The Haleyville Advertiser, March 4, 1952:

ICRR Freight Cars Derailed Near City. Five freight cars of a 48-car train were derailed – three of them turned over – about 8:20 Monday night near the road crossing in South Haleyville. No one was injured. Estimated damage was heavy, both to the cars and the track. The main rail line, serving the Illinois Central, Southern, and Mobile and Ohio Railway companies, was torn up for a distance and all traffic on the line was halted. A broken rail caused the wreck. Engineer Abe Martin was pulling the train onto the main line from the I.C. yards. It was the first section of No. 75, going south toward Birmingham. The derailed section of the train was eleven cars from the caboose. The automatic brakes went on and stopped the train after one car turned over and came uncoupled. A section crew, wrecker crew, and other workers immediately set to work clearing the tracks. The rail line carries heavy traffic, both freight and passenger trains, between Birmingham and points south, and Chicago. Others on the train besides Engineer Martin were Wallace Taylor, conductor; Gene Yarbrough, fireman; Henry Hilton, flagman; and Kirby Benton, brakeman.

The Haleyville Advertiser, February 20, 1953:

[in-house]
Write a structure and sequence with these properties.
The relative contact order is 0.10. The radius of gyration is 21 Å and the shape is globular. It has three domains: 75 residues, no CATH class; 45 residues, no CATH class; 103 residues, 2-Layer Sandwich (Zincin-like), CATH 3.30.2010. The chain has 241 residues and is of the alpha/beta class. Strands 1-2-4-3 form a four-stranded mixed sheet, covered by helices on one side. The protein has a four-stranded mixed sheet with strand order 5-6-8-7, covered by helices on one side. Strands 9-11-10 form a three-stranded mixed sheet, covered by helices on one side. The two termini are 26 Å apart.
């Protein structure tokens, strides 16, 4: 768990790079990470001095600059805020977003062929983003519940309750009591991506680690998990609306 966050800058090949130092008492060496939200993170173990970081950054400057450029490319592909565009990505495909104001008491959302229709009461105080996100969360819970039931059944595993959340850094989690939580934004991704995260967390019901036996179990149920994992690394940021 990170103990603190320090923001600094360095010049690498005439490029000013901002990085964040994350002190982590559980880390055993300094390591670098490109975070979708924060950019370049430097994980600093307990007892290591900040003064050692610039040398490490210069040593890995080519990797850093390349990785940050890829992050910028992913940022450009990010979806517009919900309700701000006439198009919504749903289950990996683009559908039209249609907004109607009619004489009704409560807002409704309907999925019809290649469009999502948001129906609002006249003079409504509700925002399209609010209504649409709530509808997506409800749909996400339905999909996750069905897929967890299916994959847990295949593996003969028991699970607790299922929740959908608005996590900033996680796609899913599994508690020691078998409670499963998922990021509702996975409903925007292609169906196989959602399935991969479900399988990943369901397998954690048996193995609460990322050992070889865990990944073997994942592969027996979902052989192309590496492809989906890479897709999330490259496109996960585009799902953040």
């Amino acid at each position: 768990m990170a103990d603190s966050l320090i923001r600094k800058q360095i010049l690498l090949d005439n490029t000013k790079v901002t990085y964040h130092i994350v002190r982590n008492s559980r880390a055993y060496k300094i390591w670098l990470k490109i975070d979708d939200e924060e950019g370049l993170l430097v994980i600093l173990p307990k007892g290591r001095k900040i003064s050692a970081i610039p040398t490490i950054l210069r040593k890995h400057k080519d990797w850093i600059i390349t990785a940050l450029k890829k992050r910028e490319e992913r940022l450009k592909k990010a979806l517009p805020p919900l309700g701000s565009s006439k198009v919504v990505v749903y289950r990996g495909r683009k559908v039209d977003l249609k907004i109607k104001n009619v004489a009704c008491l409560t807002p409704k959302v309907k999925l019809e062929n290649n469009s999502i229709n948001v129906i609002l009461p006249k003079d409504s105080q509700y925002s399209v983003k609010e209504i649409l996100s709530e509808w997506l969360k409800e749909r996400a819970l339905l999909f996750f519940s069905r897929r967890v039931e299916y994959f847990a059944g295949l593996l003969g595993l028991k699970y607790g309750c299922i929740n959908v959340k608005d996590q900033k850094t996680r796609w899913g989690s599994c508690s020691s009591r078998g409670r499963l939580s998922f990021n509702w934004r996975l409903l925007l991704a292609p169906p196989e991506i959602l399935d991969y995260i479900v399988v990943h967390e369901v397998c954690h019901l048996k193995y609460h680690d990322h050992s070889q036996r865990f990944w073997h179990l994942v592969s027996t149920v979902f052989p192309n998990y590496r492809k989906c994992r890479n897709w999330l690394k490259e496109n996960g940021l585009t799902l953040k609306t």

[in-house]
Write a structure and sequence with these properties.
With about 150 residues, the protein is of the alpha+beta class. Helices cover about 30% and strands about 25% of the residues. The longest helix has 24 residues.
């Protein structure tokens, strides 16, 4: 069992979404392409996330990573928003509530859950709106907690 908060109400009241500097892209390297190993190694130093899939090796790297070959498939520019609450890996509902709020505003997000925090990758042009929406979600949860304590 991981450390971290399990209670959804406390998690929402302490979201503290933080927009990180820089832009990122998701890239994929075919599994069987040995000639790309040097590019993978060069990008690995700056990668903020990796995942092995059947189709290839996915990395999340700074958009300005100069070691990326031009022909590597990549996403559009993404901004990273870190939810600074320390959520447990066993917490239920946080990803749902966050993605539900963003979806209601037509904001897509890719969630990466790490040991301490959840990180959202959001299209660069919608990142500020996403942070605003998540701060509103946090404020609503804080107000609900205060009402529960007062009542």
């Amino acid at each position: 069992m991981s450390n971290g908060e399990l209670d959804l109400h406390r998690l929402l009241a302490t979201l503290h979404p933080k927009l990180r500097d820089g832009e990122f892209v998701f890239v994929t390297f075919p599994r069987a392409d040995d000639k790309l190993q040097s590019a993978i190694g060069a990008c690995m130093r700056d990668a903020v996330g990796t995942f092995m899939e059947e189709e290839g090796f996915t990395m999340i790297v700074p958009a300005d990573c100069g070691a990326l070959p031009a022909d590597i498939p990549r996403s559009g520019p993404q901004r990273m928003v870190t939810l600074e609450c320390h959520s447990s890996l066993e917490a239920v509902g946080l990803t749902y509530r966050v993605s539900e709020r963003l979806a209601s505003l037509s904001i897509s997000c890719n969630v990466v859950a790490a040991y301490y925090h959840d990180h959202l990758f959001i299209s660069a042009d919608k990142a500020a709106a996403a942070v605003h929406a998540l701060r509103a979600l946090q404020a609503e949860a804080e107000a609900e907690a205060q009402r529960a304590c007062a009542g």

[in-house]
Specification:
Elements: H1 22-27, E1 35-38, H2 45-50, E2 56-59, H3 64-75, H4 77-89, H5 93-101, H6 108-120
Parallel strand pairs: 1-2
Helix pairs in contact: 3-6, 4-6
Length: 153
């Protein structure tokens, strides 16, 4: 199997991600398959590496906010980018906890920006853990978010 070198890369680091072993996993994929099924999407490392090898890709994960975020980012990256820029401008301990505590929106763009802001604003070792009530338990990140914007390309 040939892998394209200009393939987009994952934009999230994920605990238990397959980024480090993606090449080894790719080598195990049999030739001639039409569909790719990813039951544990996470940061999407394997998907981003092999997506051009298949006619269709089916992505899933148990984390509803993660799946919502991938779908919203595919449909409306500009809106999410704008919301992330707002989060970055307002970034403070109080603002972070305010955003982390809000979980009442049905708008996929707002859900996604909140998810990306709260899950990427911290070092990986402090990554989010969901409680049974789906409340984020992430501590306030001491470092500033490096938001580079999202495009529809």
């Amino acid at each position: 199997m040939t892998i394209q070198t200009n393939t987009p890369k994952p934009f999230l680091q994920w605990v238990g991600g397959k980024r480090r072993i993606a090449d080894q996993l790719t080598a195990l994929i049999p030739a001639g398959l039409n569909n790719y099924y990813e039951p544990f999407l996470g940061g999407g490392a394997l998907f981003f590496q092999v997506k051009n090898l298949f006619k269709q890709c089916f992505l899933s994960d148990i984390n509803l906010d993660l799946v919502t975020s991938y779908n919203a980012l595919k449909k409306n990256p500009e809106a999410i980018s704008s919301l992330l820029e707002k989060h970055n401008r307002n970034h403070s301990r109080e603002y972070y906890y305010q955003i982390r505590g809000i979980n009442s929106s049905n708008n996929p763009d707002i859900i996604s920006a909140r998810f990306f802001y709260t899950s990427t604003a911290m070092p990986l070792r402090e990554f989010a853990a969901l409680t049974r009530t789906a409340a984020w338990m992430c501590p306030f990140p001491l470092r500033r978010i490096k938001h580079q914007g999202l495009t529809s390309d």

‘City of Miami’ Derailed Here. A near tragedy was averted last night (Thursday) in Haleyville when the crack City of Miami passenger train came to a stop after three cars were derailed. No one was reported injured. Some eight hours later workmen had cleared the tracks enough for the City to proceed on toward Birmingham, leaving two of the derailed cars behind. A defective rail, or some other cause not official described, caused the derailment at the South Haleyville crossing. The huge diesel engines passed over the defect or object on the track without mishap. The baggage car also got by, but the next three cars left the rails and ran some distance on the ties, miraculously staying upright. Had the City been late, chances are the derailed cars would have turned over down an embankment, with possible death and injury to dozens of passengers. Being on time, Engineer J.A. Vernon left the I.C. depot and was making about 30 miles per hour by the time he reached the crossing. Had the train been late he would normally have been making 40 miles per hour at that point, which is allowed by regulations. Mrs. John Markham of Chicago said she felt only a slight jolt when the cars left the rails. R.C. Richhei of Miami, traveling with his wife, said there was no panic but the passengers knew something was wrong and some near him appeared to be praying as the train came to a stop. One young lady, going from Chicago to Florida with her parents, said her father was in bed after suffering a heart attack in Illinois. He was in one of the derailed cars, but when the train pulled out, he appeared none the worse because of the delay and excitement. The eight hour delay held up several passenger and freight trains coming through Haleyville from Birmingham and points south, from Chicago and other northern areas and by way of Sheffield via the Southern Railway.